Volume 2 Supplement 1
The efficacy of antibiotics against Propionibacterium acnes biofilm infections on spinal implant material
© The Author(s) 2005
Published: 30 December 2005
Propionibacterium acnes (P. acnes), a common anaerobic skin commensal, has been implicated in delayed infection after implantation of spinal instrumentation. Biofilms of this organism have not been demonstrated previously. Spinal instrumentation is used to correct scoliosis in spina bifida.
We investigated the susceptibility of P.acnes growing within mature biofilms on titanium discs to Penicillin G alone, and to a combination with Rifampicin. Biofilms were exposed to therapeutic doses of antibiotics modelled on currently recommended treatment regimens.
Materials and methods
Surgical titanium discs (6 mm dia) were exposed (1 hr)to P. acnes, washed and immersed in fresh culture medium at 37°C. The attached bacteria to titanium were allowed to mature for 6 days (biofilms). Subsequently, the discs were retrieved, sonicated and the number of viable bacteria counted by chemilumiluminesence and culture.
One group of mature biofilms was exposed to Penicillin G alone and the other with combination of Penicillin G with Rifampicin for 96 hrs respectively. Again, the discs were retrieved, sonicated and the number of viable bacteria were counted by chemilumiluminesence and culture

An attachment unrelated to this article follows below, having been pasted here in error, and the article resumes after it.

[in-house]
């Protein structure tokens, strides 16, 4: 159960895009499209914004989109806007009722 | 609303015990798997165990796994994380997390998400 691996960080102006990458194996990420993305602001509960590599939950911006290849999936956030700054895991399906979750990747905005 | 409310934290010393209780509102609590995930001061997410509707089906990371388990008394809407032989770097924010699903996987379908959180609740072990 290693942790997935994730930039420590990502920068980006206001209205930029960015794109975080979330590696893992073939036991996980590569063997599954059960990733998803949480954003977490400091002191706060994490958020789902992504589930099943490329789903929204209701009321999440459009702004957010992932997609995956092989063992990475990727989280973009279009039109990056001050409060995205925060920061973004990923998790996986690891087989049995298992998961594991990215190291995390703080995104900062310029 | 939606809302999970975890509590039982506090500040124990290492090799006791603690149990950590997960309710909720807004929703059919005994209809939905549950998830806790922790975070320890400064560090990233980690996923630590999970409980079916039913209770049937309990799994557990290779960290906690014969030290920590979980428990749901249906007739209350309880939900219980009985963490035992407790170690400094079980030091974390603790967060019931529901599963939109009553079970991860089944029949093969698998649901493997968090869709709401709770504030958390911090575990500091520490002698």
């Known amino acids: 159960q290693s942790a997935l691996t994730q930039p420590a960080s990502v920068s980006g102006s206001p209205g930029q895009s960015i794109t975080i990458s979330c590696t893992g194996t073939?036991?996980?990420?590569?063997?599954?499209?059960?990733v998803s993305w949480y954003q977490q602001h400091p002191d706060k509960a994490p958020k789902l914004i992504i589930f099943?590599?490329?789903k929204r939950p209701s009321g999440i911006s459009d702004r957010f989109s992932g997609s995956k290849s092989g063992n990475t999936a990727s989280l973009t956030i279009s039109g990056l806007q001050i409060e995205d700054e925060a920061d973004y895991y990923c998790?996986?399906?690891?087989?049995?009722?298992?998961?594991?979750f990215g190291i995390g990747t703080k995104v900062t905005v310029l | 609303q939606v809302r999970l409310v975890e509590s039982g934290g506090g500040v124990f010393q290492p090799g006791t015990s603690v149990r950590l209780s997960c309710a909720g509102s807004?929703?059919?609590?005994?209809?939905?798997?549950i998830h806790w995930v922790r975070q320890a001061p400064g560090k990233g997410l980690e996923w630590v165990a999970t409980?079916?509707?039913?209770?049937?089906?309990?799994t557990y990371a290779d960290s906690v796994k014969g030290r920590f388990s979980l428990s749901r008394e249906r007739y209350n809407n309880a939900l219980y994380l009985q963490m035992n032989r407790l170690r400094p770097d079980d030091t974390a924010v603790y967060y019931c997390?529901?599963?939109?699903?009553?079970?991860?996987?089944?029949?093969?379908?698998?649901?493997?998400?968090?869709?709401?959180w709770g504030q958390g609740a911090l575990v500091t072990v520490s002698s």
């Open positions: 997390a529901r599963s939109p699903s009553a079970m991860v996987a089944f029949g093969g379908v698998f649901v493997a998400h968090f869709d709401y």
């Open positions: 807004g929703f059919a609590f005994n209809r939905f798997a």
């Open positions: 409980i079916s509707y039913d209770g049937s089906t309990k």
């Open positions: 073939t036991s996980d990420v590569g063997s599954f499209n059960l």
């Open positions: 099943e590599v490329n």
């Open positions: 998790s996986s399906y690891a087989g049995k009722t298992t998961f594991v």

All P.acnes biofilms responded to treatment with a significant reduction in bacterial numbers. Combination therapy was more effective and produced greater reductions (96.6%) of viable bacteria populating the biofilms than penicillin alone, 93.3% (p < 0.01). Complete eradication of the biofilm was not achieved in any cases.
P. acnes develop as a biofilm on spinal implant materials.
Antibiotic therapy significantly reduced the bacterial numbers. It remains to be determined whether longer periods of treatment will successfully eradicate the biofilm.
This article is published under license to BioMed Central Ltd. This is an Open Access article distributed under the terms of the Creative Commons Attribution License (http://creativecommons.org/licenses/by/2.0), which permits unrestricted use, distribution, and reproduction in any medium, provided the original work is properly cited.